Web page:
“Demand for walkable urban space extends beyond city centers to suburbs; why is there an urbanization of the suburbs? Some baby boomers want to sell their large suburban houses and move to a walkable urban place but stay close to friends and family. Young families want the advantages of walkable urban life but also high-quality suburban schools.
Different infrastructure needs to be built, including rail transit and paths for walking and biking. Some research has shown that walkable urban infrastructure is substantially cheaper on a usable square foot basis than spread-out drivable suburban infrastructure; the infrastructure is used much more extensively in a small area, resulting in much lower costs per usable square foot.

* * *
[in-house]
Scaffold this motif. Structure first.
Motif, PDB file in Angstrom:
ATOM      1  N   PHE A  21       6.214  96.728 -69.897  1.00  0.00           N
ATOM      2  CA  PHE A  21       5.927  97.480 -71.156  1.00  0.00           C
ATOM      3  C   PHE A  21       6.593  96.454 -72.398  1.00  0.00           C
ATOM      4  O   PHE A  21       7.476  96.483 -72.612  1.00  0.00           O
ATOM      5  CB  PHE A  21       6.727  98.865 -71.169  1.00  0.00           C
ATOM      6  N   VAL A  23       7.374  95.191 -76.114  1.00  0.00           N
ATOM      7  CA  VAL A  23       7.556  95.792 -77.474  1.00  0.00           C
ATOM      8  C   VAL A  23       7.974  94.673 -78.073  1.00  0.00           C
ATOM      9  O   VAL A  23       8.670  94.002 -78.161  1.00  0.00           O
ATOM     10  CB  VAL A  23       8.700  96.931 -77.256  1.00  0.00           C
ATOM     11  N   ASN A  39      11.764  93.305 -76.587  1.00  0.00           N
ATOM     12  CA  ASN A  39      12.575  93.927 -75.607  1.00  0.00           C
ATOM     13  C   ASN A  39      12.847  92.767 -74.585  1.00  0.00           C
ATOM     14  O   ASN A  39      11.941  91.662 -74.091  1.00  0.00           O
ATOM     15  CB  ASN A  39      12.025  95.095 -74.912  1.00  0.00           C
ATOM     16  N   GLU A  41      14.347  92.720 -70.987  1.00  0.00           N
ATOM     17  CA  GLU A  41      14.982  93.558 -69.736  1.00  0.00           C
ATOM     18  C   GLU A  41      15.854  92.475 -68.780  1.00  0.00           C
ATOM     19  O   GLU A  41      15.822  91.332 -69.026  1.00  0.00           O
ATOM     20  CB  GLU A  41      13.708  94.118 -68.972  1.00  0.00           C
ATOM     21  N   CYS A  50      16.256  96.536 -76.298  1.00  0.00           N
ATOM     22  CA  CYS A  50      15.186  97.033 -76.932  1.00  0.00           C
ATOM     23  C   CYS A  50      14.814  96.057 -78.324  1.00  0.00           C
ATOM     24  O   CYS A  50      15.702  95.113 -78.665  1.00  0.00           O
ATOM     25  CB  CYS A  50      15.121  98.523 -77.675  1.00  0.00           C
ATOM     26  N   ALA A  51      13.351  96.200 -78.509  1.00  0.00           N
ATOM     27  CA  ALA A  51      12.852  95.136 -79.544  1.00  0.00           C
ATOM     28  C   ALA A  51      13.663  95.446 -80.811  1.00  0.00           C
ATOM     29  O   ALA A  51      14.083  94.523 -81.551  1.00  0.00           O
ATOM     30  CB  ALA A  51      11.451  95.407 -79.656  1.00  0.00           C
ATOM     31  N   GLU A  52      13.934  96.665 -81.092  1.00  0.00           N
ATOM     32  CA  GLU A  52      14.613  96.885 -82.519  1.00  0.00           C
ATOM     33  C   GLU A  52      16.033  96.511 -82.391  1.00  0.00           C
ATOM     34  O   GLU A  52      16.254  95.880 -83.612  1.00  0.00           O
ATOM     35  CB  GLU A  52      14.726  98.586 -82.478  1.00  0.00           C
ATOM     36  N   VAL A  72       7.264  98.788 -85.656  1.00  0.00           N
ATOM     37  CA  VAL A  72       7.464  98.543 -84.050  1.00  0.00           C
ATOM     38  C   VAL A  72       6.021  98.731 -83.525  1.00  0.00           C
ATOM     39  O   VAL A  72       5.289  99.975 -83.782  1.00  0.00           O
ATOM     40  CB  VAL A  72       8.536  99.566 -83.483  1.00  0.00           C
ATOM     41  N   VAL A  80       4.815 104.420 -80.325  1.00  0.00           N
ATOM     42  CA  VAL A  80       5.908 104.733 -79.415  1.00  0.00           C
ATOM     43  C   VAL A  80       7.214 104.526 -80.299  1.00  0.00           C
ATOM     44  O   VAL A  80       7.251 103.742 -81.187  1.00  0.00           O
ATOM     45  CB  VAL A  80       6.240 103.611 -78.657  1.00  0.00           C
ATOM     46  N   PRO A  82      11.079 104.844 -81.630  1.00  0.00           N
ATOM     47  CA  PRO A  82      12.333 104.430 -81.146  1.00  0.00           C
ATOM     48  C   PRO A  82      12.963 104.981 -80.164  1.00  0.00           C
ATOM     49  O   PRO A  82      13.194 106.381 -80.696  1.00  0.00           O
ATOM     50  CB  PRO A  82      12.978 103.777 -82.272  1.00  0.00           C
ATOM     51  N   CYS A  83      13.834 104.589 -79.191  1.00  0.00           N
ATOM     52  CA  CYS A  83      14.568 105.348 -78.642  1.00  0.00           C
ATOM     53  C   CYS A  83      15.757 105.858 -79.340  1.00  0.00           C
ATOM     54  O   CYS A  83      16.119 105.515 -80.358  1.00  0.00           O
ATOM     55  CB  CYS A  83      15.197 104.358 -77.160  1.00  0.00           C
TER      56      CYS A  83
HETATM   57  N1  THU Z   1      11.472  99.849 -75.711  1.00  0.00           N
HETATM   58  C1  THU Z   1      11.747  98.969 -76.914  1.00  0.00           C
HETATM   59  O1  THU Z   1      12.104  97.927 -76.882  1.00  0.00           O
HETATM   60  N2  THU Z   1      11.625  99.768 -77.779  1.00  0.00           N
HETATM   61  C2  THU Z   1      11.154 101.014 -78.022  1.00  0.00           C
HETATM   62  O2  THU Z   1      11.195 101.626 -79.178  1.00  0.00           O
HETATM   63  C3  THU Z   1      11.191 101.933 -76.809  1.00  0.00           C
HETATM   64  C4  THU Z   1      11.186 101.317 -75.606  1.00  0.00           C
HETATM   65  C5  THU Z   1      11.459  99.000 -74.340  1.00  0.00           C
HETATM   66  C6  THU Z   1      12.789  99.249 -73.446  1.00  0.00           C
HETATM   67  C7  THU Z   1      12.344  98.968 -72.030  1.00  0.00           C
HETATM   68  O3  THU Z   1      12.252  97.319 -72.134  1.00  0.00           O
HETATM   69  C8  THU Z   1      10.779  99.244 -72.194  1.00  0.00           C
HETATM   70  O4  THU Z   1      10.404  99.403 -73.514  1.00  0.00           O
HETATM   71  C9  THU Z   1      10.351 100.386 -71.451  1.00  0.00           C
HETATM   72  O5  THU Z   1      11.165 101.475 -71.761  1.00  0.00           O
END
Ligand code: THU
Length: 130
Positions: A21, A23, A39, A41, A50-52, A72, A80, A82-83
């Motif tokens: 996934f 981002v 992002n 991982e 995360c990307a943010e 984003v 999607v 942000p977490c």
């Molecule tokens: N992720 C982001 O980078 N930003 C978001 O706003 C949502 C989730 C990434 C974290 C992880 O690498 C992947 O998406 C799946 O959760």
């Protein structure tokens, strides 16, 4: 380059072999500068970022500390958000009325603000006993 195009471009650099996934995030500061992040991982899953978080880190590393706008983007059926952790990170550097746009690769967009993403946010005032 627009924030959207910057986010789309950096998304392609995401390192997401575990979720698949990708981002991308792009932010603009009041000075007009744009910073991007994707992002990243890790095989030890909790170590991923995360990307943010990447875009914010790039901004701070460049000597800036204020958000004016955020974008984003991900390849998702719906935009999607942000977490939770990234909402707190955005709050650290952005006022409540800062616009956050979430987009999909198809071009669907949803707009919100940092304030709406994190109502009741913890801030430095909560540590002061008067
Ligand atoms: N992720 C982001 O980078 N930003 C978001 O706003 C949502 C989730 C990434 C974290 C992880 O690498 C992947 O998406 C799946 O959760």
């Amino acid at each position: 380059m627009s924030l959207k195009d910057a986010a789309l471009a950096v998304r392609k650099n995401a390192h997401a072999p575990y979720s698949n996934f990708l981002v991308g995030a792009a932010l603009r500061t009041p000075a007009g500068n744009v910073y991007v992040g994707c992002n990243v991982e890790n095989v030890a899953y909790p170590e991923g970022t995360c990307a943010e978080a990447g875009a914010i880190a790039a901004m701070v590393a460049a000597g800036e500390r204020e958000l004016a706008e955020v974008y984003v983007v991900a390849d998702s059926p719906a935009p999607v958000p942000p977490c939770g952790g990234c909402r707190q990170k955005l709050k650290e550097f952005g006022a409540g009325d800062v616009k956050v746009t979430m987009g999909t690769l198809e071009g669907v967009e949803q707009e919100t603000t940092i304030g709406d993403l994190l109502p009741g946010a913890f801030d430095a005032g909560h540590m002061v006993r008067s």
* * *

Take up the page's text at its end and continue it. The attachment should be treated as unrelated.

It’s important that developers and their investors learn how to build places that integrate many different uses within walking distance. Building walkable urban places is more complex and riskier than following decades-long patterns of suburban construction. But the market gets what it wants, and the market signals are flashing pretty brightly: build more walkable, and bikable, places. “
Entire article (New York Times)